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-   -   When can Hospice start? (http://www.healthboards.com/boards/alzheimers-disease-dementia/864079-when-can-hospice-start.html)

ninamarc 08-13-2011 09:44 AM

When can Hospice start?
 
Deb, you mentioned that you started hospice with your Mom.

what are the conditions that are required so one can start it? Do you have to wait for the doctors to say that? Can you start it without the doctor's request? How does the hospice co. approve it? What are they looking for?
Terminal and what stage?

I am just wondering. My FIL wants to be treated as much as possible, unlike your Mom, he does not mind short-term catheter in principle.
Of course, surgery is out of question. ER is still the option.
How do you tell people no ER and etc.? What if my FIL wants to go to the ER? He still knows about doctors and the ER. He can still say that he wants to see the doctor because he feels bad.

I checked the website and I found some 5 conditions that meet medicare requirement and also he needs to have some serious disease - he has congestive heart failure.
I just don't understand how people bring it up. Usually it is told by the doctor.

Thanks,
Nina

Gabriel 08-13-2011 11:27 PM

Re: When can Hospice start?
 
For both my Mom and my Dad I requested a Hospice evaluation. Yes, it had to be approved by the doctor first but it was my request. You don't have to wait on the doctor to suggest it... The doctor just has to sign off on the evaluation. Then Hospice came in and did their evaluation. They were the ones that determined acceptance. Once they accepted Mom, they notified her doctor. I had opted to use the Hospice doctor so her previous doctor sent all the records to Hospice.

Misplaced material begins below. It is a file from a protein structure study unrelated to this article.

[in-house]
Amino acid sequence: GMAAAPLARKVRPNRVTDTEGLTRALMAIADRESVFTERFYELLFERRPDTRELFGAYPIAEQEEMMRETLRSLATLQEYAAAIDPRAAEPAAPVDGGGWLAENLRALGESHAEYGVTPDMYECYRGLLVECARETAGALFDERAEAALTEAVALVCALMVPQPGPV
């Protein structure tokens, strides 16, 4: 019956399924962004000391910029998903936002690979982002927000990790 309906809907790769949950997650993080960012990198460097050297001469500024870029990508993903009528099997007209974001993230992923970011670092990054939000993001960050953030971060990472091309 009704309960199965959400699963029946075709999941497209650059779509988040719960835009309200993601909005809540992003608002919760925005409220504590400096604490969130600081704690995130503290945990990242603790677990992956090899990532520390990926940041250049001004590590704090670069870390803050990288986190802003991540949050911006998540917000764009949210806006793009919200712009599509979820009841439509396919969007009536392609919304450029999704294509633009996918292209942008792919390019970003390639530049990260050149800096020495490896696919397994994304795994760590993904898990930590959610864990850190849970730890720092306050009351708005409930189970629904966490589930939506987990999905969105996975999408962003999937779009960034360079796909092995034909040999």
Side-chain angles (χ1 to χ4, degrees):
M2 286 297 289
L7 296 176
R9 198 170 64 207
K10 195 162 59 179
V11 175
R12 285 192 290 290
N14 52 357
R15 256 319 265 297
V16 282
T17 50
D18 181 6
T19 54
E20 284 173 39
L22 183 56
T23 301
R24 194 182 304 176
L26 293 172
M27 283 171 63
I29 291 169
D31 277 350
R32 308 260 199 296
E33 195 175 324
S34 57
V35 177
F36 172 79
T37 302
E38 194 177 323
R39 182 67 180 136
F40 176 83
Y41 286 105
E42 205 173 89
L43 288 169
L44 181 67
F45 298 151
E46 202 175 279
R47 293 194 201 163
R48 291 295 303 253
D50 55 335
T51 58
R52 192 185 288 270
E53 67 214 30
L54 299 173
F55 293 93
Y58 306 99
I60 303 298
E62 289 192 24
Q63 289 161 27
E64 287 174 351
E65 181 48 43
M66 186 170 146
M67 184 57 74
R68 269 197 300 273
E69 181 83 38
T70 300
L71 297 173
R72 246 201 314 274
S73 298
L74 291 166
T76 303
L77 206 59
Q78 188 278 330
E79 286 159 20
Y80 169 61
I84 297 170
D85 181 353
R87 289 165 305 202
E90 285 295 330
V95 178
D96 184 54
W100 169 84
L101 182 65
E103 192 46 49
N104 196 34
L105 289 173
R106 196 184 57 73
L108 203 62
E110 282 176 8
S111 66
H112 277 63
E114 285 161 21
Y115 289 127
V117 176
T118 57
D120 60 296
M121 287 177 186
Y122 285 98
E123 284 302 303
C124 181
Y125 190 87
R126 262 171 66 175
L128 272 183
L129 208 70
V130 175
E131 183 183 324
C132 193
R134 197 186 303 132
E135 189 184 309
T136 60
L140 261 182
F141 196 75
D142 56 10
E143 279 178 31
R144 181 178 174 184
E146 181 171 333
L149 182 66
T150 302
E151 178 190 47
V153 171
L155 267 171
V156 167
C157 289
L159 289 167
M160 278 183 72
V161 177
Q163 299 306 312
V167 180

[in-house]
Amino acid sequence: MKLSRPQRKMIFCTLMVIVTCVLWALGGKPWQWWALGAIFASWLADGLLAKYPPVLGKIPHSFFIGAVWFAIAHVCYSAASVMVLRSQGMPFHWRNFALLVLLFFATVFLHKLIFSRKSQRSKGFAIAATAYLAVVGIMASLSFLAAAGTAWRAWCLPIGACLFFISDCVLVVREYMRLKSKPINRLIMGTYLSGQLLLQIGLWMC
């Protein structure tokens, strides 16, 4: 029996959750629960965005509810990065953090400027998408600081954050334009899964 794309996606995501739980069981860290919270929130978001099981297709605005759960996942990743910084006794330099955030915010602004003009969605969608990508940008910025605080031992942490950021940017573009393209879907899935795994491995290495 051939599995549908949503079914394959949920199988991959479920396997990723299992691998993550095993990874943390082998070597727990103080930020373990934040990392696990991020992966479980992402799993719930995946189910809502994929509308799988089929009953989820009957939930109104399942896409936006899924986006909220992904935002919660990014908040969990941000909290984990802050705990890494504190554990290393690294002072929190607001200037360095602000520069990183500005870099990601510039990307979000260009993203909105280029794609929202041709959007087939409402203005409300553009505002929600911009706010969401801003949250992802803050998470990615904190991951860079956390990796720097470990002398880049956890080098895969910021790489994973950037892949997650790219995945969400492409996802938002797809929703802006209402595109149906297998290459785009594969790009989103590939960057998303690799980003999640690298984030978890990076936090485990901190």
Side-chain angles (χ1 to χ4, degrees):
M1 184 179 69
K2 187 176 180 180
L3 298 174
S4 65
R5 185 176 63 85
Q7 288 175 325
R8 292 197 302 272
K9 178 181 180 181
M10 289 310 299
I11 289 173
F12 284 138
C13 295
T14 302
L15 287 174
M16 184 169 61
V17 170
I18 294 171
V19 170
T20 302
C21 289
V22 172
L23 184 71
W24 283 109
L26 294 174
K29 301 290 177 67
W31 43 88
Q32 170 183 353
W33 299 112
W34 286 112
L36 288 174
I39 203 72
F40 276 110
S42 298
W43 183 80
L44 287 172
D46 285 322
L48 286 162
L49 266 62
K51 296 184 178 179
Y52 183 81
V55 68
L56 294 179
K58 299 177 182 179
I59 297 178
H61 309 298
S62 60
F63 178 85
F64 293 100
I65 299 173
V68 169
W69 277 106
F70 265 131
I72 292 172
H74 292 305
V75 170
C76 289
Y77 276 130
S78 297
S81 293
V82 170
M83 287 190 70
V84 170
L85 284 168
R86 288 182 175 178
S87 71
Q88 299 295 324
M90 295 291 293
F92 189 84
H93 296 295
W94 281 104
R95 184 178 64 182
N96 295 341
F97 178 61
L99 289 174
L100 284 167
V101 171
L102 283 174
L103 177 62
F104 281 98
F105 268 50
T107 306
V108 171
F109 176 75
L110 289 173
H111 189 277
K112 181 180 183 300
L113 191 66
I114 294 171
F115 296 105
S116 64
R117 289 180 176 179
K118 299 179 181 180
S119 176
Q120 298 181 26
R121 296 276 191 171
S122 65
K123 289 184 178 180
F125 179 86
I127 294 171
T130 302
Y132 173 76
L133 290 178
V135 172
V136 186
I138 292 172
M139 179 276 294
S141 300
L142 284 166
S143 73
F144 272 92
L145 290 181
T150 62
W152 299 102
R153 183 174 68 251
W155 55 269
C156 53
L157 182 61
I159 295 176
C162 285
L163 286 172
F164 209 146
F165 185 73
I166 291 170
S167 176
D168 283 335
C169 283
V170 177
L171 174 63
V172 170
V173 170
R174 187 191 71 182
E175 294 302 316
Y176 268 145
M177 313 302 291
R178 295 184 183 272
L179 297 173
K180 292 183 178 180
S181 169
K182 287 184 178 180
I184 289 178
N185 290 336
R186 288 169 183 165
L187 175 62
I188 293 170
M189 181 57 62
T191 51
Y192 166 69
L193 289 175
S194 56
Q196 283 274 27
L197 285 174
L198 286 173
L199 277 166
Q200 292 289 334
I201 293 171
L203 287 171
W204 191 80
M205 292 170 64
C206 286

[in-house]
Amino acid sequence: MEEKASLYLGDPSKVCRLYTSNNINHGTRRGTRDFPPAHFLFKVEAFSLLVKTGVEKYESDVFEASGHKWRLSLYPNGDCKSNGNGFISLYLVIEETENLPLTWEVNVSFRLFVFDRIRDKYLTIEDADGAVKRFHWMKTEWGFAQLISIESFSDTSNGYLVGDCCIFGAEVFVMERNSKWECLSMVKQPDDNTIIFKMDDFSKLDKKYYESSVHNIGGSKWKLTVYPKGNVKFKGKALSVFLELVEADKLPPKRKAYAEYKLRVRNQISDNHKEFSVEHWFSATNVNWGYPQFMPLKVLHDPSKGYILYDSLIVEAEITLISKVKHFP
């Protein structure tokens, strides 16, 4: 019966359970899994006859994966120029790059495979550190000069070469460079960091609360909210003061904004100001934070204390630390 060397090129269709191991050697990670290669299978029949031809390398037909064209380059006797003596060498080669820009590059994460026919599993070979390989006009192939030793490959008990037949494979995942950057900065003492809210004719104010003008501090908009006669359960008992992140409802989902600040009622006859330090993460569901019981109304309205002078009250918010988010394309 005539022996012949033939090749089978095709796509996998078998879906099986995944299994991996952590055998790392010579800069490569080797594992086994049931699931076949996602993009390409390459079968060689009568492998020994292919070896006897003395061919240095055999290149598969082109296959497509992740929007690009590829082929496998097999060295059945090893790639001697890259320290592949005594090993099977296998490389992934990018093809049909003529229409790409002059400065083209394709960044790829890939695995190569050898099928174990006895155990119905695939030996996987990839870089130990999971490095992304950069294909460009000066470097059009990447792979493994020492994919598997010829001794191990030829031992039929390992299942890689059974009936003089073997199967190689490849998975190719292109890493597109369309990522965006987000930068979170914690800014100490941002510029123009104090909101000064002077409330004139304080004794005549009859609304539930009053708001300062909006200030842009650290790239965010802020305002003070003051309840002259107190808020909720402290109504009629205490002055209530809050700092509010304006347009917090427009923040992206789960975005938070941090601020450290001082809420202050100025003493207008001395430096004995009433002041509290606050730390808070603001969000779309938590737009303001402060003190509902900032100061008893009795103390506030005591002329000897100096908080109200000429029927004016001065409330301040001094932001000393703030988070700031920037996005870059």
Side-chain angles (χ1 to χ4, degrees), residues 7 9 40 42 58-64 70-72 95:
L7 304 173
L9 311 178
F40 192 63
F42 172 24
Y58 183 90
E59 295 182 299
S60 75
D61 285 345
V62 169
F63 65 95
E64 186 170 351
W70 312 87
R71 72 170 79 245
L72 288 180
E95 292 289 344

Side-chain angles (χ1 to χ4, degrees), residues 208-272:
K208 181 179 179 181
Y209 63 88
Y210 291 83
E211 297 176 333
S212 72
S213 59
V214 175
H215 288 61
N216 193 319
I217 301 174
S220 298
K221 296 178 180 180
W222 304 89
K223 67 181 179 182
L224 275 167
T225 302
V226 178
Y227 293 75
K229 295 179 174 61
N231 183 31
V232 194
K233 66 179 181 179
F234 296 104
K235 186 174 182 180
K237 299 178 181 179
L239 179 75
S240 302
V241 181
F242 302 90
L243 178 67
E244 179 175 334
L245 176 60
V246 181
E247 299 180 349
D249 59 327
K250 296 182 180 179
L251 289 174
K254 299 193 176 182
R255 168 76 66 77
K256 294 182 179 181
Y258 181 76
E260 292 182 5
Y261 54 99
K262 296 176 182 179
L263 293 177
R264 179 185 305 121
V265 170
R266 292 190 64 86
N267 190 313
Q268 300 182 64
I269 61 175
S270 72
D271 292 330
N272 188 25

If there is a reason for a medical consult the Hospice nurse comes and evaluates. If necessary the Hospice doctor will come out as well. It is then up to them to determine treatment. Mom's Hospice nurse visits with her twice a week on a regular basis. So Mom actually sees more medical personnel now than she did before... she just doesn't have to go to the ER to see a nurse or doctor :)

Love, deb

ninamarc 08-14-2011 10:43 AM

Re: When can Hospice start?
 
[QUOTE=Gabriel;4822346]For both my Mom and my Dad I requested a Hospice evaluation. Yes, it had to be approved by the doctor first but it was my request. You don't have to wait on the doctor to suggest it... The doctor just has to sign off on the evaluation. Then Hospice came in and did their evaluation. They were the ones that determined acceptance. Once they accepted Mom, they notified her doctor. I had opted to use the Hospice doctor so her previous doctor sent all the records to Hospice.

If there is a reason for a medical consult the Hospice nurse comes and evaluates. If necessary the Hospice doctor will come out as well. It is then up to them to determine treatment. Mom's Hospice nurse visits with her twice a week on a regular basis. So Mom actually sees more medical personnel now than she did before... she just doesn't have to go to the ER to see a nurse or doctor :)